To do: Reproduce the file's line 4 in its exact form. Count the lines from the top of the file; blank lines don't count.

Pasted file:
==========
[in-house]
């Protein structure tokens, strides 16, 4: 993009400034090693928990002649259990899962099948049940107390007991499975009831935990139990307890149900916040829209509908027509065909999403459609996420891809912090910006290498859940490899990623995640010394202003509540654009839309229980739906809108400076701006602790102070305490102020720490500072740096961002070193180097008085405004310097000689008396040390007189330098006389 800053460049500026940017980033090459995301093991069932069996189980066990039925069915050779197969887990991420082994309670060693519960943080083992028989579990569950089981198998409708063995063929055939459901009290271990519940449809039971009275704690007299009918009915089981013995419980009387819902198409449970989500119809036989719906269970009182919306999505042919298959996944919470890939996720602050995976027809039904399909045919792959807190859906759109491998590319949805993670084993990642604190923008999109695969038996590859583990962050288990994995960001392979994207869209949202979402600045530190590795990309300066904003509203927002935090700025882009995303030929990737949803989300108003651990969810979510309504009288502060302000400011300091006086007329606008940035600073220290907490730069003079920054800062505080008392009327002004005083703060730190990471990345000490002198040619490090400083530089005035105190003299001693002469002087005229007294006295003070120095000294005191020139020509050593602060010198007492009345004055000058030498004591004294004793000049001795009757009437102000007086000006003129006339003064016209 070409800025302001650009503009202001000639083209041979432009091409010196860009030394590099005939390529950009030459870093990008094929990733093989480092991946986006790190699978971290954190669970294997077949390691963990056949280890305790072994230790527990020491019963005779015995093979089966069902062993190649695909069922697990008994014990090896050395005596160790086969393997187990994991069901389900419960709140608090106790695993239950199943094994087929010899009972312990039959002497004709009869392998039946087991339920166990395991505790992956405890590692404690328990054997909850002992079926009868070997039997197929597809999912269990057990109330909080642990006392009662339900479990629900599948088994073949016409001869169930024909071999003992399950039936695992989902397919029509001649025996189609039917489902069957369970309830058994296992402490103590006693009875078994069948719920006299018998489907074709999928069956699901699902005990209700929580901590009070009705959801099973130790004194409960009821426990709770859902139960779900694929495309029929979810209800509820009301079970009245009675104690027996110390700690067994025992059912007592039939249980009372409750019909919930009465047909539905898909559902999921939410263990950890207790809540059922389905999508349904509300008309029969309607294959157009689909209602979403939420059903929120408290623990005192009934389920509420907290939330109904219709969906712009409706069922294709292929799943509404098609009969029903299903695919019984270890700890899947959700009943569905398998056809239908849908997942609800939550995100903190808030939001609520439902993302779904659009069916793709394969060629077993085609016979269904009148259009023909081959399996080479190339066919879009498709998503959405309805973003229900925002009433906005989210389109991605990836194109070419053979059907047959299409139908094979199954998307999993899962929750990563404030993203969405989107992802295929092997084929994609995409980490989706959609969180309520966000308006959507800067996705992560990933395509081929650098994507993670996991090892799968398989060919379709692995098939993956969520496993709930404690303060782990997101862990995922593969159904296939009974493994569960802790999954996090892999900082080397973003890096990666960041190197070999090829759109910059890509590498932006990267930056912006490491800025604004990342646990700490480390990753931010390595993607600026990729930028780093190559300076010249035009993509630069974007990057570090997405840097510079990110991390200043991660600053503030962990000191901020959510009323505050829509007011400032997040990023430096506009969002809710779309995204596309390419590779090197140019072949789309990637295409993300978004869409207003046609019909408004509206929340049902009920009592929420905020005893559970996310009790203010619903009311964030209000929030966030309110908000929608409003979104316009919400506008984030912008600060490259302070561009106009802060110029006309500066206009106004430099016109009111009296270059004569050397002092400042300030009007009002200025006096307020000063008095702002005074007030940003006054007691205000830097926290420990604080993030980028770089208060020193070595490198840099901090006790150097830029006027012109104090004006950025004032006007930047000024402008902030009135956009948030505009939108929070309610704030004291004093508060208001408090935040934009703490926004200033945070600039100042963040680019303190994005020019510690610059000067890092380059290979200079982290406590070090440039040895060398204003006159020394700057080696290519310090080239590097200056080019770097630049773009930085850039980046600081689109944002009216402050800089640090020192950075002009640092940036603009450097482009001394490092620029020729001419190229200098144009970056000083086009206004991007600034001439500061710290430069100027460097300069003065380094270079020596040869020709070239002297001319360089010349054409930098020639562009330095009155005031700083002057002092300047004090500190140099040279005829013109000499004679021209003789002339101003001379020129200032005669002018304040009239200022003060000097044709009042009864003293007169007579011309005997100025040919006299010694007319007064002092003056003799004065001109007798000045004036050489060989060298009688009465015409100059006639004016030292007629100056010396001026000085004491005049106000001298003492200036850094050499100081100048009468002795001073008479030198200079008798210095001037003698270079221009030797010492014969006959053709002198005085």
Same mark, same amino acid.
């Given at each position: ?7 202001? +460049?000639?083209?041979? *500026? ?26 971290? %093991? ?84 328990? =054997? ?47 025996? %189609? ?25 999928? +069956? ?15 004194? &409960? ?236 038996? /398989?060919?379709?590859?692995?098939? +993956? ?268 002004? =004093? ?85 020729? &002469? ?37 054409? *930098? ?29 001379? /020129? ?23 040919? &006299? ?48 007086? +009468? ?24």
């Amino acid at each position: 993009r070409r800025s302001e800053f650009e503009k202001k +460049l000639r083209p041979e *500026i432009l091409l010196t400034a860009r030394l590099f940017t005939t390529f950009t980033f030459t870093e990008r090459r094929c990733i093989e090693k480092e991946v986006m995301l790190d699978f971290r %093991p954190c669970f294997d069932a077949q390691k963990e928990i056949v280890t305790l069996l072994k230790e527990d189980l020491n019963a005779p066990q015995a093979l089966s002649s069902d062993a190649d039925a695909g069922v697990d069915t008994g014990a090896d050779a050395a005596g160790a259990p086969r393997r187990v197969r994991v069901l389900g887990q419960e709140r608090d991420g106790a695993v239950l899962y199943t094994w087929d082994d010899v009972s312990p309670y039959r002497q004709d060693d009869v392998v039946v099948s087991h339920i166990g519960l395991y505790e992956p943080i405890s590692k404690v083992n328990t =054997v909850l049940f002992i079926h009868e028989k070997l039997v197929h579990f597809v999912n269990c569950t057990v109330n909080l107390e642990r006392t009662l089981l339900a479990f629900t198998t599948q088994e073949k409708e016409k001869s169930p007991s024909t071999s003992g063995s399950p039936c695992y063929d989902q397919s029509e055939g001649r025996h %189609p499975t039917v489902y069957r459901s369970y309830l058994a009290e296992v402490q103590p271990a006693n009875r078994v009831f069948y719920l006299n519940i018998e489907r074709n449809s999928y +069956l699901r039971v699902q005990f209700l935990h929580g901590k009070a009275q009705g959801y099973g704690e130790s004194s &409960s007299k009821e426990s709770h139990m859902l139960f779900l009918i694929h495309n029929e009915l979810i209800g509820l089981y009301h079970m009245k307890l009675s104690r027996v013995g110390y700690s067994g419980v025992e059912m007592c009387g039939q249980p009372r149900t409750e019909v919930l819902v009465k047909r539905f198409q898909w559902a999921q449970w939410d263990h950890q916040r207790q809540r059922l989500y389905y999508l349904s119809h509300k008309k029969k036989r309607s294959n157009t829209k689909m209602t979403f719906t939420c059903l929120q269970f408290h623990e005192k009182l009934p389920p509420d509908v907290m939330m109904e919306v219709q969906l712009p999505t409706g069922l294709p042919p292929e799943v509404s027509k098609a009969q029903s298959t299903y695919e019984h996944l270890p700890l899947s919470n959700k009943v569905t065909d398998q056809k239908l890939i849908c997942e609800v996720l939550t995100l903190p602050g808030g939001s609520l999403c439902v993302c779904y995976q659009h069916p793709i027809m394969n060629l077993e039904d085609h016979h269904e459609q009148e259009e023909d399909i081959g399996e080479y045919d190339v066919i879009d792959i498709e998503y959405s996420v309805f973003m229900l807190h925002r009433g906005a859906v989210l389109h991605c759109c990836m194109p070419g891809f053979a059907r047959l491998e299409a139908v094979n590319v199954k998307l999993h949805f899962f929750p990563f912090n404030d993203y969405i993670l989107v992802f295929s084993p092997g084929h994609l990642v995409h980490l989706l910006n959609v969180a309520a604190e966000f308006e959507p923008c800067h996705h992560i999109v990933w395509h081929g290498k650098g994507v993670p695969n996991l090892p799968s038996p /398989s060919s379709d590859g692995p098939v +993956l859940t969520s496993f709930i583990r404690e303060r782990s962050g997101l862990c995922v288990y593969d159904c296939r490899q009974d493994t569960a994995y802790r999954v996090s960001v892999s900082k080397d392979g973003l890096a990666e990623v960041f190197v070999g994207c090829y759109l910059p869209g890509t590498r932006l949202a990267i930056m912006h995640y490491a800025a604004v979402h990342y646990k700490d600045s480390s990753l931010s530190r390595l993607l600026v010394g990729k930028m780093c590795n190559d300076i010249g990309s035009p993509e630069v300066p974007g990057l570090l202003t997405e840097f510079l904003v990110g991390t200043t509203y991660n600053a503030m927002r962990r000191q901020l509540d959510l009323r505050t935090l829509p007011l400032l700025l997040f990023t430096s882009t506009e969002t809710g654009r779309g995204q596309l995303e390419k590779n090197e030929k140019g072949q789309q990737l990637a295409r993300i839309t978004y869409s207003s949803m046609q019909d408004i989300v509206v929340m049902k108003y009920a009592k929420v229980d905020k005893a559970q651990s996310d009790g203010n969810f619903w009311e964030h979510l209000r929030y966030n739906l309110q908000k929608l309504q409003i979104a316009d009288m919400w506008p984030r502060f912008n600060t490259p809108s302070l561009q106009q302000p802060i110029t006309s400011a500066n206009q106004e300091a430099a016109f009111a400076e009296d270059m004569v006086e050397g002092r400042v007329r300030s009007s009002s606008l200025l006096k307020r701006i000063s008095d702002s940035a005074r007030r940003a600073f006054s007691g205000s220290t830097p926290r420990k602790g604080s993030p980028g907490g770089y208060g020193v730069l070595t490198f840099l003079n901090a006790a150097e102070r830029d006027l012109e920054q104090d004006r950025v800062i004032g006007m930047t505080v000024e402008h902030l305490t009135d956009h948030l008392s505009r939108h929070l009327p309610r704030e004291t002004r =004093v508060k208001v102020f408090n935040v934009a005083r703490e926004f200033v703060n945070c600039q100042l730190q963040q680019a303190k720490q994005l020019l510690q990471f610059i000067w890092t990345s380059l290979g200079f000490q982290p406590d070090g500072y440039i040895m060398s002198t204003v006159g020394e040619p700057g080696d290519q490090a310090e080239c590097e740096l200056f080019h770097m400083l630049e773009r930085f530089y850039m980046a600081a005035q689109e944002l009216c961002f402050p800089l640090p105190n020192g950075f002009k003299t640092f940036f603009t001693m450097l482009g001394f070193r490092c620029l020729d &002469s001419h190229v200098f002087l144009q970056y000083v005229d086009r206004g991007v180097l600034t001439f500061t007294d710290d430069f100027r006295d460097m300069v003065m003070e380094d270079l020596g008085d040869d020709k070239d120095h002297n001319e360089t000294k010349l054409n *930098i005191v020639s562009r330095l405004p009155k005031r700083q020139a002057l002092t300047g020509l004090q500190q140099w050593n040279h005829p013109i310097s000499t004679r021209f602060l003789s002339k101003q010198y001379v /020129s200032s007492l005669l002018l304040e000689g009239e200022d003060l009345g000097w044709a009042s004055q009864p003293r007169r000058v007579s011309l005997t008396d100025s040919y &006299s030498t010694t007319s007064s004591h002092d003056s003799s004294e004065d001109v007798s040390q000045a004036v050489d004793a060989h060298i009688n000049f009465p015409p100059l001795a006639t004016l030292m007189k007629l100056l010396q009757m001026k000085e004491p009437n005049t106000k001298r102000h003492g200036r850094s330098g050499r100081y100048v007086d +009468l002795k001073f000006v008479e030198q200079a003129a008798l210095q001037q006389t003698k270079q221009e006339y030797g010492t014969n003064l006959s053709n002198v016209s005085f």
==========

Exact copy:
């Given at each position: ?7 202001? +460049?000639?083209?041979? *500026? ?26 971290? %093991? ?84 328990? =054997? ?47 025996? %189609? ?25 999928? +069956? ?15 004194? &409960? ?236 038996? /398989?060919?379709?590859?692995?098939? +993956? ?268 002004? =004093? ?85 020729? &002469? ?37 054409? *930098? ?29 001379? /020129? ?23 040919? &006299? ?48 007086? +009468? ?24």